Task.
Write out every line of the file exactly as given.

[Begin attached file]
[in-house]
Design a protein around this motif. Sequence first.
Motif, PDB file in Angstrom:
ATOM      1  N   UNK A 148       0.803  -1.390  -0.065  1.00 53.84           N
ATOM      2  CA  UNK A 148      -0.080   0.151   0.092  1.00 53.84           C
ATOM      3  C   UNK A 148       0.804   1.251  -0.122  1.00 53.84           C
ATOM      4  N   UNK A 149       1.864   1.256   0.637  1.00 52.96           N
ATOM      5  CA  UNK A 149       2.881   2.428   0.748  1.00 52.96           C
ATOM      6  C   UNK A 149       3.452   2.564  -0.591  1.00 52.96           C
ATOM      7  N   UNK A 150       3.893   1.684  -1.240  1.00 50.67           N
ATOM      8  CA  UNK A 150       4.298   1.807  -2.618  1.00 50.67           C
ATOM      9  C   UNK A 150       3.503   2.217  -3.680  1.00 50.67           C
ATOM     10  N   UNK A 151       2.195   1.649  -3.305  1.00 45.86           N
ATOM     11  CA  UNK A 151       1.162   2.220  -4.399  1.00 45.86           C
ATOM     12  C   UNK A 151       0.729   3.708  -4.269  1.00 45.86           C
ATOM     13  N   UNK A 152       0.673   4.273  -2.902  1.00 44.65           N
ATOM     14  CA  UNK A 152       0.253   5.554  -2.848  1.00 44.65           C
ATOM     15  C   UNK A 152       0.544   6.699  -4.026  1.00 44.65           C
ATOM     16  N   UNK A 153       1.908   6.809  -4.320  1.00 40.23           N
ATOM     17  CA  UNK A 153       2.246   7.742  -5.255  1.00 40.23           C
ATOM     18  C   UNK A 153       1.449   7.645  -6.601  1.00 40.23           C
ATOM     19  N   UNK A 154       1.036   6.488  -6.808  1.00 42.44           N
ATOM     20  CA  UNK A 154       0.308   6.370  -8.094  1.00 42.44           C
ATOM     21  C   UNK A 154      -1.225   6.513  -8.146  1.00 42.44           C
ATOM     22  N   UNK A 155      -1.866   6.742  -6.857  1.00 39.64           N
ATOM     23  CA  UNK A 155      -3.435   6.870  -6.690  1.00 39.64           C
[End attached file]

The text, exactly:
[in-house]
Design a protein around this motif. Sequence first.
Motif, PDB file in Angstrom:
ATOM      1  N   UNK A 148       0.803  -1.390  -0.065  1.00 53.84           N
ATOM      2  CA  UNK A 148      -0.080   0.151   0.092  1.00 53.84           C
ATOM      3  C   UNK A 148       0.804   1.251  -0.122  1.00 53.84           C
ATOM      4  N   UNK A 149       1.864   1.256   0.637  1.00 52.96           N
ATOM      5  CA  UNK A 149       2.881   2.428   0.748  1.00 52.96           C
ATOM      6  C   UNK A 149       3.452   2.564  -0.591  1.00 52.96           C
ATOM      7  N   UNK A 150       3.893   1.684  -1.240  1.00 50.67           N
ATOM      8  CA  UNK A 150       4.298   1.807  -2.618  1.00 50.67           C
ATOM      9  C   UNK A 150       3.503   2.217  -3.680  1.00 50.67           C
ATOM     10  N   UNK A 151       2.195   1.649  -3.305  1.00 45.86           N
ATOM     11  CA  UNK A 151       1.162   2.220  -4.399  1.00 45.86           C
ATOM     12  C   UNK A 151       0.729   3.708  -4.269  1.00 45.86           C
ATOM     13  N   UNK A 152       0.673   4.273  -2.902  1.00 44.65           N
ATOM     14  CA  UNK A 152       0.253   5.554  -2.848  1.00 44.65           C
ATOM     15  C   UNK A 152       0.544   6.699  -4.026  1.00 44.65           C
ATOM     16  N   UNK A 153       1.908   6.809  -4.320  1.00 40.23           N
ATOM     17  CA  UNK A 153       2.246   7.742  -5.255  1.00 40.23           C
ATOM     18  C   UNK A 153       1.449   7.645  -6.601  1.00 40.23           C
ATOM     19  N   UNK A 154       1.036   6.488  -6.808  1.00 42.44           N
ATOM     20  CA  UNK A 154       0.308   6.370  -8.094  1.00 42.44           C
ATOM     21  C   UNK A 154      -1.225   6.513  -8.146  1.00 42.44           C
ATOM     22  N   UNK A 155      -1.866   6.742  -6.857  1.00 39.64           N
ATOM     23  CA  UNK A 155      -3.435   6.870  -6.690  1.00 39.64           C